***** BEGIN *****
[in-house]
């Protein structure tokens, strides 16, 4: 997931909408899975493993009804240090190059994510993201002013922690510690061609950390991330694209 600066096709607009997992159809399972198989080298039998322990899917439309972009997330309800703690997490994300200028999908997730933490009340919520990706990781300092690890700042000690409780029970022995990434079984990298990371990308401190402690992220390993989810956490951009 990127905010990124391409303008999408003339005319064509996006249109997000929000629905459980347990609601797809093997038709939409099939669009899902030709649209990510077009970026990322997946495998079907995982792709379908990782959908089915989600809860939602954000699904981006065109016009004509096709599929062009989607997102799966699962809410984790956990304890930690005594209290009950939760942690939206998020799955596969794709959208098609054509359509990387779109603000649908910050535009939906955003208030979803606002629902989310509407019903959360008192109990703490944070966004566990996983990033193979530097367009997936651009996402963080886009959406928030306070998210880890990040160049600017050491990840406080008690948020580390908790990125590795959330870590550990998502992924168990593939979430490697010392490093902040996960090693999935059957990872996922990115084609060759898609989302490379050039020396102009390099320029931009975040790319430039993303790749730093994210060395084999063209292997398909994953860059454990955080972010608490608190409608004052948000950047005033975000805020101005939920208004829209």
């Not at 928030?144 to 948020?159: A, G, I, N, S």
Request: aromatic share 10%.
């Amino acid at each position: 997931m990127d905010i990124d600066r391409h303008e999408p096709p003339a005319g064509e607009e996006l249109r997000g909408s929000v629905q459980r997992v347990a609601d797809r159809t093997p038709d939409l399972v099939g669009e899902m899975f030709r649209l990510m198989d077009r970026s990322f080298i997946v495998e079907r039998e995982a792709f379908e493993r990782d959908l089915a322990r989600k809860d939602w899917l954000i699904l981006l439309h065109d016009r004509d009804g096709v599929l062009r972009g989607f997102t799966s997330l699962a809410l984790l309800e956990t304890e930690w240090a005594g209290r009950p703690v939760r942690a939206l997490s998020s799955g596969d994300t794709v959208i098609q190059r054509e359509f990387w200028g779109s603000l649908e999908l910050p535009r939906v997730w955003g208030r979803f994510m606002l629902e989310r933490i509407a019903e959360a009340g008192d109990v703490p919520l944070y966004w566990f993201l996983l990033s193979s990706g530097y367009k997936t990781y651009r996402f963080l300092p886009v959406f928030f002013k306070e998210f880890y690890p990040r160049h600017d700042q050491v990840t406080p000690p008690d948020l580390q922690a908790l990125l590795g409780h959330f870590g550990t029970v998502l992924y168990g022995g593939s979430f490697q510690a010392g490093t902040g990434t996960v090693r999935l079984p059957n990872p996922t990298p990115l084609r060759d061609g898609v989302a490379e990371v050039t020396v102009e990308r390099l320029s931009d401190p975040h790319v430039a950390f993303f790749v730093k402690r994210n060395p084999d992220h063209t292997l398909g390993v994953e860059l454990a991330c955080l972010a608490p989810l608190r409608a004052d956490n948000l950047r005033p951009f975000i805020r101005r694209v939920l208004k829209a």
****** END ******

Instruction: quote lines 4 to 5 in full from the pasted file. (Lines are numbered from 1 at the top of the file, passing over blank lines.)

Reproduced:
Request: aromatic share 10%.
């Amino acid at each position: 997931m990127d905010i990124d600066r391409h303008e999408p096709p003339a005319g064509e607009e996006l249109r997000g909408s929000v629905q459980r997992v347990a609601d797809r159809t093997p038709d939409l399972v099939g669009e899902m899975f030709r649209l990510m198989d077009r970026s990322f080298i997946v495998e079907r039998e995982a792709f379908e493993r990782d959908l089915a322990r989600k809860d939602w899917l954000i699904l981006l439309h065109d016009r004509d009804g096709v599929l062009r972009g989607f997102t799966s997330l699962a809410l984790l309800e956990t304890e930690w240090a005594g209290r009950p703690v939760r942690a939206l997490s998020s799955g596969d994300t794709v959208i098609q190059r054509e359509f990387w200028g779109s603000l649908e999908l910050p535009r939906v997730w955003g208030r979803f994510m606002l629902e989310r933490i509407a019903e959360a009340g008192d109990v703490p919520l944070y966004w566990f993201l996983l990033s193979s990706g530097y367009k997936t990781y651009r996402f963080l300092p886009v959406f928030f002013k306070e998210f880890y690890p990040r160049h600017d700042q050491v990840t406080p000690p008690d948020l580390q922690a908790l990125l590795g409780h959330f870590g550990t029970v998502l992924y168990g022995g593939s979430f490697q510690a010392g490093t902040g990434t996960v090693r999935l079984p059957n990872p996922t990298p990115l084609r060759d061609g898609v989302a490379e990371v050039t020396v102009e990308r390099l320029s931009d401190p975040h790319v430039a950390f993303f790749v730093k402690r994210n060395p084999d992220h063209t292997l398909g390993v994953e860059l454990a991330c955080l972010a608490p989810l608190r409608a004052d956490n948000l950047r005033p951009f975000i805020r101005r694209v939920l208004k829209a």